The rise of RPA bots and the role of C-level decision makers Automation Anywhere's Microsoft pact indicative of hot RPA market

What's the difference between RPA and IPA?

RPA and IPA can work in tandem to expand the scope of your process automation strategy. But first, it's important to understand their key differences.

Intelligent process automation is increasingly seen as a complement to robotic process automation, extending the scope of RPA with artificial intelligence technologies. CIOs and other IT leaders should understand the important distinctions between the two automation technologies before incorporating them into their technology roadmaps.

What is RPA?

RPA is a type of automation that mimics the way humans interact with computer programs by typing and scrolling with a mouse. It is often used for automating simple processes, as well as integrating legacy applications to each other or to modern applications. The applications created on top of RPA are called Software robots, or bots for short.

Technically speaking, RPA is only used to automate tasks rather than processes. This limits the complexity and longevity of the kinds of automation that can be built using RPA tools. At the same time, all the leading RPA vendors, including UiPath, Automation Anywhere and Blue Prism, are extending the capabilities of their tools. New capabilities aim to better support management, scalability and integration with other tools, including AI, digital process automation, process mining and business rules engines.

What is IPA?

Intelligent process automation (IPA) describes software that combines process automation capabilities -- including RPA, digital process automation (DPA) and process mining -- with AI and machine learning.

IPA uses AI technologies to help structure unstructured data; optical character recognition (OCR) is used to read text in an invoice, for example, and natural language processing is used to interpret the fields so that the data can be copied into an ERP system. These expanded capabilities add context to unstructured data, enabling companies to automate repetitive tasks, such as customer onboarding, that were previously done manually.

IPA infrastructure makes it easy to package various AI capabilities with common business or industry workflows, such as processing invoices, procurement and contract lifecycle management.

RPA and DPA vendors are extending their products with a complete IPA stack of capabilities that will support the development, management and governance of more complex automations.

IPA adds AI capability to process automation tools.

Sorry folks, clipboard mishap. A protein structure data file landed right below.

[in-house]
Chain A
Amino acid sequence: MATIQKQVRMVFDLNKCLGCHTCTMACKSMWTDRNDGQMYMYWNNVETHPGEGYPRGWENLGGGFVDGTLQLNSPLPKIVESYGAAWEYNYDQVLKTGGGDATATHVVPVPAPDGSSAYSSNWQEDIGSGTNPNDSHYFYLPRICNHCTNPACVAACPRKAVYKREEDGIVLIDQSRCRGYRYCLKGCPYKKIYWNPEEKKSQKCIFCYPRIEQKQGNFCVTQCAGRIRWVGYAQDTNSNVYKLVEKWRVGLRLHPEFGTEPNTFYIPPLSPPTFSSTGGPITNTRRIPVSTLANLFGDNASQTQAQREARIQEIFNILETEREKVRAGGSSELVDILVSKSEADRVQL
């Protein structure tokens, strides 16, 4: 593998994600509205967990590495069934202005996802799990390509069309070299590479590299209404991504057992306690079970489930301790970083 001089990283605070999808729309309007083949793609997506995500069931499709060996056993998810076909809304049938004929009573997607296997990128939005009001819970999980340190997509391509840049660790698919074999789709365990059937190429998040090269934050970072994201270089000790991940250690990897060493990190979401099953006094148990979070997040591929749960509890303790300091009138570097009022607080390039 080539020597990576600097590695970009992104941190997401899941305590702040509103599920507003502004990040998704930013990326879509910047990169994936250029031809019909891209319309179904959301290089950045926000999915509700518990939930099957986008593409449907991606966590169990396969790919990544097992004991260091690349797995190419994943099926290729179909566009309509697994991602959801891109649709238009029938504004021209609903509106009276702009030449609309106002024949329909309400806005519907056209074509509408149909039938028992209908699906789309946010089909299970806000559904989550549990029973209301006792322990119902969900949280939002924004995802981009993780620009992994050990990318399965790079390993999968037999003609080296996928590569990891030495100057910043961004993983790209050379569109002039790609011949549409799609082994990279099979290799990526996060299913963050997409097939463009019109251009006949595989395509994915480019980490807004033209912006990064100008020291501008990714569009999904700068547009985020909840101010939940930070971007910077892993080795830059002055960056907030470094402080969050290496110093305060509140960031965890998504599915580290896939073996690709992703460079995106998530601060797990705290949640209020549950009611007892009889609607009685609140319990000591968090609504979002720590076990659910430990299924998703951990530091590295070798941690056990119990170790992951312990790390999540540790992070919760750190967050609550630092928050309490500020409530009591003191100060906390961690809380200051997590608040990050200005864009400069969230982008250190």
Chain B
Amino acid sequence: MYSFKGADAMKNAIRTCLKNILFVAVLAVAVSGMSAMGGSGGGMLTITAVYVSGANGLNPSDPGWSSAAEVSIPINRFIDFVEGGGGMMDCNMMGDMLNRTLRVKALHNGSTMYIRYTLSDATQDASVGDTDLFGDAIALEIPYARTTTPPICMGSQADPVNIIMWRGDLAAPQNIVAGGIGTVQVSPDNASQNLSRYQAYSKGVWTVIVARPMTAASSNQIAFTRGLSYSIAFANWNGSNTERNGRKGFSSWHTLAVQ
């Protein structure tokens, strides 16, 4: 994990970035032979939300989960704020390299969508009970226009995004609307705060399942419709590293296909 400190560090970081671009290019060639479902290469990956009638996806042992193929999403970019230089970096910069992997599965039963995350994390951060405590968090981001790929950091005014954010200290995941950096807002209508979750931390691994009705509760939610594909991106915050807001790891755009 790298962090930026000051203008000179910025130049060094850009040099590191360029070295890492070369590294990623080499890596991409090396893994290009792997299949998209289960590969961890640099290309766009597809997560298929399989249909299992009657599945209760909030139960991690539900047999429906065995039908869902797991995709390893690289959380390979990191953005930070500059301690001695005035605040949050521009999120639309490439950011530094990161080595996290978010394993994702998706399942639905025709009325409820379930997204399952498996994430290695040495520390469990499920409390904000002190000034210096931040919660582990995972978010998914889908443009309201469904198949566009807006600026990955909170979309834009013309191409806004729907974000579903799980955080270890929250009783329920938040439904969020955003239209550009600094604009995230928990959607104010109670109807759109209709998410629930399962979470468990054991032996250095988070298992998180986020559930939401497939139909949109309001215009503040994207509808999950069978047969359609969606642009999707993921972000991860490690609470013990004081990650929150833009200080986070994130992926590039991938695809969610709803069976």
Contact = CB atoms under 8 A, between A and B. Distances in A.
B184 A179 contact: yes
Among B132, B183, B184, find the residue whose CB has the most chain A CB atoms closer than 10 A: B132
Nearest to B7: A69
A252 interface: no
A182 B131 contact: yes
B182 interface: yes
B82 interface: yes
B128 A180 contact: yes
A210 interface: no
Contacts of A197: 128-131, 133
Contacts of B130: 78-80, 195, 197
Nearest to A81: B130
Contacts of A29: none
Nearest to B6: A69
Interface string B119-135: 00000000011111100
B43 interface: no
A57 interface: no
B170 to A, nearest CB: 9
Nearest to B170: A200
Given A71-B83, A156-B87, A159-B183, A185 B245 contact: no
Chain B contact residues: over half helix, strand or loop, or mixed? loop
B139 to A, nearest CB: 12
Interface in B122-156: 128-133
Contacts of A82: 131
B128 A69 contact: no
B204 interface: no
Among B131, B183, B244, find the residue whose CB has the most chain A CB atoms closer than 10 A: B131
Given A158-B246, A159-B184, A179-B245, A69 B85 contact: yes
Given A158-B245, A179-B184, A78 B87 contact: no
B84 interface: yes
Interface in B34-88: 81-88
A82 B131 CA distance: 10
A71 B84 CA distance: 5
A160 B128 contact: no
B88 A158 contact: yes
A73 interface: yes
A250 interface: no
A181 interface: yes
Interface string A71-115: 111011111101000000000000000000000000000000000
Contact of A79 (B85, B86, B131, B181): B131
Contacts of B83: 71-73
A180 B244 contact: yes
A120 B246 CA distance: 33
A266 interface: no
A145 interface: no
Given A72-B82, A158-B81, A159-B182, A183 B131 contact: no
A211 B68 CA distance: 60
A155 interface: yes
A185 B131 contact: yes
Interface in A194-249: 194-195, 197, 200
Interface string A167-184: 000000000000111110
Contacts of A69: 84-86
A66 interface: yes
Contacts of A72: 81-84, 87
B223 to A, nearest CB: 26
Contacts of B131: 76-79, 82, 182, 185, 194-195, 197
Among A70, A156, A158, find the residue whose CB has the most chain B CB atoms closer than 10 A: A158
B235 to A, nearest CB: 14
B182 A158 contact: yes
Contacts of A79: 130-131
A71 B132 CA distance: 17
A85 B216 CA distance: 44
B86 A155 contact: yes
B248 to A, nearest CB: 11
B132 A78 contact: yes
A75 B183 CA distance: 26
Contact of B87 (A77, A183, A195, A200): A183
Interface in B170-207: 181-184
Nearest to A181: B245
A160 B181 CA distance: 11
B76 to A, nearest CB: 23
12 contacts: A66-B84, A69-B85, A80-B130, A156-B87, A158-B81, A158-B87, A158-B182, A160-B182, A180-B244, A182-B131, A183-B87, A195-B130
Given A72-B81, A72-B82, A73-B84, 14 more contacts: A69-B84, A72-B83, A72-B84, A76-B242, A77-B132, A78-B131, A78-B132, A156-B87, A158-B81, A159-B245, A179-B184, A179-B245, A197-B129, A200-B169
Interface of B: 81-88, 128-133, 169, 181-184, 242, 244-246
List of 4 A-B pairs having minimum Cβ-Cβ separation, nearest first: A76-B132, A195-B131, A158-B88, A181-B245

What are the differences between RPA and IPA?

Scope. IPA covers a larger scope of work than RPA -- it can handle more types of data formats and promises to enable new types of more intelligent decision-making.

Collaboration. To capitalize on IPA, however, IT and data science teams will need to collaborate more extensively with each other and with business users than they typically do on RPA deployments

"RPA is purely robotic in nature and doesn't require intelligence to operate," said Banwari Agarwal, global head of cloud, infrastructure and cybersecurity business at Larsen & Toubro Infotech (LTI). Consequently, it is a good technology for well-defined, rules-based processes that can be implemented by IT and even by business users.

AI capabilities. In contrast, IPA is used for more complex processes that benefit from AI capabilities. This involves combining RPA with smart data intake, natural language processing, machine learning and operational analytics -- domains requiring the expertise of data scientists.

Software development. IPA platforms can also take advantage of low-code and digital process automation platforms to build out more complex and scalable automations than possible by mimicking a user's behavior with traditional RPA development tools. The value and outcomes of RPA projects was traditionally limited given RPA's focus on tasks versus end-to-end processes. This distinction is starting to disappear with the rise of hybrid RPA development tools that generate code that runs using application APIs rather than strictly emulating keystrokes and clicks.

Many RPA technologies can also be implemented with low-code or no-code. However, the value and outcomes of RPA projects are limited given RPA's focus on tasks versus end-to-end processes.